Top 10 Blogging Tips

Most of the “rules” about writing four and newsletters apply to writing your blog posts, but there are important differences. Keep these 10 tips in mind and you will be publishing great blog content that attracts prospects and customers in your niche market.

1. Write with the student in mind. Remember WIIFM? The marketing jargon of What’s In It For Me? That’s what you have to remember. Your reader will read your post looking for what’s in it for them.

2. Make it valuable and beneficial. Do not waste people’s time. If you have nothing to say, no problem, a lot of other people say it. So share their topics, do interviews, review the book.

3. Evidence of reading of typographical errors and prominent system errors. You would not leave the house with dirty hair or lose your socks, so why not publish spelling mistakes? Honor your readers by polishing your stuff.

4. Keep it short and easy, sweetie. (KISS). Most people are scanners. You may have a lot to say and think it is interesting, and it may be. But people are learning online and out of date. Get the point quickly. Short post publishing is often a better format than publishing longer articles every few weeks.

5. Keep it vibrant, make it fast and fun. Even if you are not a natural born writer, you can still write for your blog. Just write as if you were talking to your friend … or talking to you! Remember though, get to the point quickly. Remember the reporter’s rule 5 W’s in the first paragraph: who, what, why, when and where.

6. Connect regularly. This builds credibility and sets you up as an expert in your field. People do not have time to know what others are doing, you should tell them. Linking to other blogs and websites also helps you build a network of participants who will also link to your blog.

7. Always use keywords. This will help you stay focused, and search engines will love your blog. Your rates will go up. This is one of the reasons why you should write a statement of your intentions before starting your blog. The more clear your intentions, the more you will consistently deliver targeted messages. And the more frequently your keywords are displayed, the better your search engine results.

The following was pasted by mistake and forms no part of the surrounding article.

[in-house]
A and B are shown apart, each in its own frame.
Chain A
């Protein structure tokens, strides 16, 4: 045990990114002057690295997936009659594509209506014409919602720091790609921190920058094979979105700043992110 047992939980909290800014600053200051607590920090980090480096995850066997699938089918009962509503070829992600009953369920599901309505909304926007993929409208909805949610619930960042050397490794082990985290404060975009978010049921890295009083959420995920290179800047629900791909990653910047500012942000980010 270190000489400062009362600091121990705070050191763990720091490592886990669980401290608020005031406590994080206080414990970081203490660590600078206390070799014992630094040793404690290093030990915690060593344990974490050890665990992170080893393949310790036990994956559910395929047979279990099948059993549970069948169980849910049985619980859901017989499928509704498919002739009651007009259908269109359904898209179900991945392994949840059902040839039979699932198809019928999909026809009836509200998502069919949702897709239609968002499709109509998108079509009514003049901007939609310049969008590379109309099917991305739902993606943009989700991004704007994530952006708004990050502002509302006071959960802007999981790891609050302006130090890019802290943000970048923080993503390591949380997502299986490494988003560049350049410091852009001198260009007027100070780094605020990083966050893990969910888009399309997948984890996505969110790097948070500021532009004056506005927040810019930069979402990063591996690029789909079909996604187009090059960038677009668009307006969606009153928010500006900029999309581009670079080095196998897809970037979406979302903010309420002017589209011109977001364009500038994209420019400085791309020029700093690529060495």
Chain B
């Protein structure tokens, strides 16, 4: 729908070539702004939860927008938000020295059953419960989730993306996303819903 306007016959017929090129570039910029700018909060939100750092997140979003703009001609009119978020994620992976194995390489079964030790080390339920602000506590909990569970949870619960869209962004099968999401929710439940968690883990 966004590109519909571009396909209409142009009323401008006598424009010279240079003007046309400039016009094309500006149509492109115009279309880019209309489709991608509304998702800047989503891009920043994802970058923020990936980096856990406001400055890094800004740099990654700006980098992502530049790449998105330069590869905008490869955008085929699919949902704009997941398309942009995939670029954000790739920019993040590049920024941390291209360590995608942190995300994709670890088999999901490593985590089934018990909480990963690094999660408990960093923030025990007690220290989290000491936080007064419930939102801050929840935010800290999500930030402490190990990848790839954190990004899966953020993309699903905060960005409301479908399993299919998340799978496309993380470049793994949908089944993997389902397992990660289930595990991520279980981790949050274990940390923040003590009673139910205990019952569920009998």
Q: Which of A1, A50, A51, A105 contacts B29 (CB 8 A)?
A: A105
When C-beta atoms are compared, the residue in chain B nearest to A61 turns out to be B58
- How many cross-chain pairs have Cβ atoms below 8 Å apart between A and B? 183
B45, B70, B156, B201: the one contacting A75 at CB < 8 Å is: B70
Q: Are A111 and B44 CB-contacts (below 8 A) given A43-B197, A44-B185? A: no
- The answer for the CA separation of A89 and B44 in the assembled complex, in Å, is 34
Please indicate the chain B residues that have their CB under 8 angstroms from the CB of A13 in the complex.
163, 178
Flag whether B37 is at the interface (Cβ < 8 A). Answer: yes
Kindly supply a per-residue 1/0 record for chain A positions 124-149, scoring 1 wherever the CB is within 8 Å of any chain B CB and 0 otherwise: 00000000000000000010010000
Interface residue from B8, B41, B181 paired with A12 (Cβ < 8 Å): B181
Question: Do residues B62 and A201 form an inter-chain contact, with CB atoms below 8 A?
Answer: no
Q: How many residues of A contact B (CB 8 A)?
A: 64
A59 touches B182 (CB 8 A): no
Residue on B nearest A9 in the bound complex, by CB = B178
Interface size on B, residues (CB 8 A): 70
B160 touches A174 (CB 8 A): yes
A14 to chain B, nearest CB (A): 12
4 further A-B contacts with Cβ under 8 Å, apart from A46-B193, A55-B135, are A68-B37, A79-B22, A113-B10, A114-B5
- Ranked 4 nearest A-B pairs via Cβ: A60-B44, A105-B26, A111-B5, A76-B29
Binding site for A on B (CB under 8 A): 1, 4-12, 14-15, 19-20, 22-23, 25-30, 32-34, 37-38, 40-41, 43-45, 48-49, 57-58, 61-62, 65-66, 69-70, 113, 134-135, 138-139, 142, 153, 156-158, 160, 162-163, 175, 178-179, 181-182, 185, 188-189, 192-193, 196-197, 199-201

8. Write clearly (short sentences, only one point in each sentence). No double speech or jargon; don’t be more than one concept in one sentence – don’t make your readers think about your meaning. Serve with a spoon. Use commas and dashes freely.

9. Write as you speak. It is good to use common expressions from speech.


Go find out.

Don’t go there …

Now, I ask you …

I have to love you …

(Also, remember your age group of students …)

10. Use a clear title, and don’t be afraid to make bold statements (but don’t mislead people). Make it easy and use keywords. Example: Ex-Techno-Weenie Masters HTML code

BONUS: After writing the post again BEFORE you click the save button

Use this checklist to ask yourself a few questions as you read to get typos and grammar:

__ Is the title clear to someone who only reads the headline?

__Does the first paragraph say what the story is about and why the reader should be concerned?

__ Could the angle you used appear to be news?

__Can a person who knows nothing about this topic understand this post?

__ Is the post free of jargon?

__ Is it written in a journalistic way and makes an effort to be purposeful?

__ Have you entered a title and post with keywords and phrases that will attract search engines?

__ Do you remember to ask your learners a question at the end, or something that will motivate students to comment?

__ Remember to write thinking about the student, always remember WIIFT? (What Are They About?)

Source by Denise Wakeman